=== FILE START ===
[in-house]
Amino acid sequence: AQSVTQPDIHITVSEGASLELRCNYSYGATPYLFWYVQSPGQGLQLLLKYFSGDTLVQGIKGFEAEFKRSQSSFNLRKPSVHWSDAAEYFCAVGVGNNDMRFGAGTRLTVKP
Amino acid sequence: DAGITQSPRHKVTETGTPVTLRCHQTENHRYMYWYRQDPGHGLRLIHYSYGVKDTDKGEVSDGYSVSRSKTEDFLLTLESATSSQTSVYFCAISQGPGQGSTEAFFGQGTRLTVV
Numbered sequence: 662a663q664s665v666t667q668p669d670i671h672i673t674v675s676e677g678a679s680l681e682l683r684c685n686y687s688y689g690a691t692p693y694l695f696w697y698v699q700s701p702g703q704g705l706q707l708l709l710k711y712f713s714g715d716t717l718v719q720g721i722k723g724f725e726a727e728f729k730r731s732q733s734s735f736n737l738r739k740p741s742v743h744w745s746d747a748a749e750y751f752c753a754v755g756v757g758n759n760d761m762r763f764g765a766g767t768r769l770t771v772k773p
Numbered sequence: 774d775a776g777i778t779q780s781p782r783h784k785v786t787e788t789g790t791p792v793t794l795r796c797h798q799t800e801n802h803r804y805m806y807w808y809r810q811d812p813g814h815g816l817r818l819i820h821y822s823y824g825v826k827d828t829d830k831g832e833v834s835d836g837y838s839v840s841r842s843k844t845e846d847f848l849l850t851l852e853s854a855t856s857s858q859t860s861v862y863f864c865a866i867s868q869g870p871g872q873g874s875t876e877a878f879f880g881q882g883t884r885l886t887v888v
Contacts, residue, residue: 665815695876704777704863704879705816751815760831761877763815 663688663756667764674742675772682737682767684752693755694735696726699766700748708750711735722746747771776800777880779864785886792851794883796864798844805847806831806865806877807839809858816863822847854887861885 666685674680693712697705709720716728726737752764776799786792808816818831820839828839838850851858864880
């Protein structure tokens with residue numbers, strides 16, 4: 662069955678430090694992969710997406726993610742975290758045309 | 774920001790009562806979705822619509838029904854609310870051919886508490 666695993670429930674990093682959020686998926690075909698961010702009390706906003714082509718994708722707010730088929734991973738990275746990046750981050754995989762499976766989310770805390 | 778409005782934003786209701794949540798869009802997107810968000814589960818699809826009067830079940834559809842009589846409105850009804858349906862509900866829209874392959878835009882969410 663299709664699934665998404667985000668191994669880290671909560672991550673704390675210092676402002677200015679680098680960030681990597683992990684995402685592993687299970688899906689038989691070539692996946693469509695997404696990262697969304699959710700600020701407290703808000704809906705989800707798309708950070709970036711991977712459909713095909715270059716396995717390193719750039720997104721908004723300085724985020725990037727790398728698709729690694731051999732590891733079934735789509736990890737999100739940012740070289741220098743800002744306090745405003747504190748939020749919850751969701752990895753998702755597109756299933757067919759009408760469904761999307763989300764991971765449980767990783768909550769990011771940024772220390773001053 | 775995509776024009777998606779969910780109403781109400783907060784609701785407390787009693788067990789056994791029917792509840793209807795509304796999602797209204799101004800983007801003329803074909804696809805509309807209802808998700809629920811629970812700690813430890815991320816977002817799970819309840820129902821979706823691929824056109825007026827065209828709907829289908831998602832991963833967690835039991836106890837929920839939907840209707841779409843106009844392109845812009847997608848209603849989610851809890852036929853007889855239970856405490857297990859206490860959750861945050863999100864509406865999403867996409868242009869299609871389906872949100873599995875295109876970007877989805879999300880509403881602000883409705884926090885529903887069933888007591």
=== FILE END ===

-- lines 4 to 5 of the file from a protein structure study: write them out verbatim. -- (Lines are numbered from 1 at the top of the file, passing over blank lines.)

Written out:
Numbered sequence: 662a663q664s665v666t667q668p669d670i671h672i673t674v675s676e677g678a679s680l681e682l683r684c685n686y687s688y689g690a691t692p693y694l695f696w697y698v699q700s701p702g703q704g705l706q707l708l709l710k711y712f713s714g715d716t717l718v719q720g721i722k723g724f725e726a727e728f729k730r731s732q733s734s735f736n737l738r739k740p741s742v743h744w745s746d747a748a749e750y751f752c753a754v755g756v757g758n759n760d761m762r763f764g765a766g767t768r769l770t771v772k773p
Numbered sequence: 774d775a776g777i778t779q780s781p782r783h784k785v786t787e788t789g790t791p792v793t794l795r796c797h798q799t800e801n802h803r804y805m806y807w808y809r810q811d812p813g814h815g816l817r818l819i820h821y822s823y824g825v826k827d828t829d830k831g832e833v834s835d836g837y838s839v840s841r842s843k844t845e846d847f848l849l850t851l852e853s854a855t856s857s858q859t860s861v862y863f864c865a866i867s868q869g870p871g872q873g874s875t876e877a878f879f880g881q882g883t884r885l886t887v888v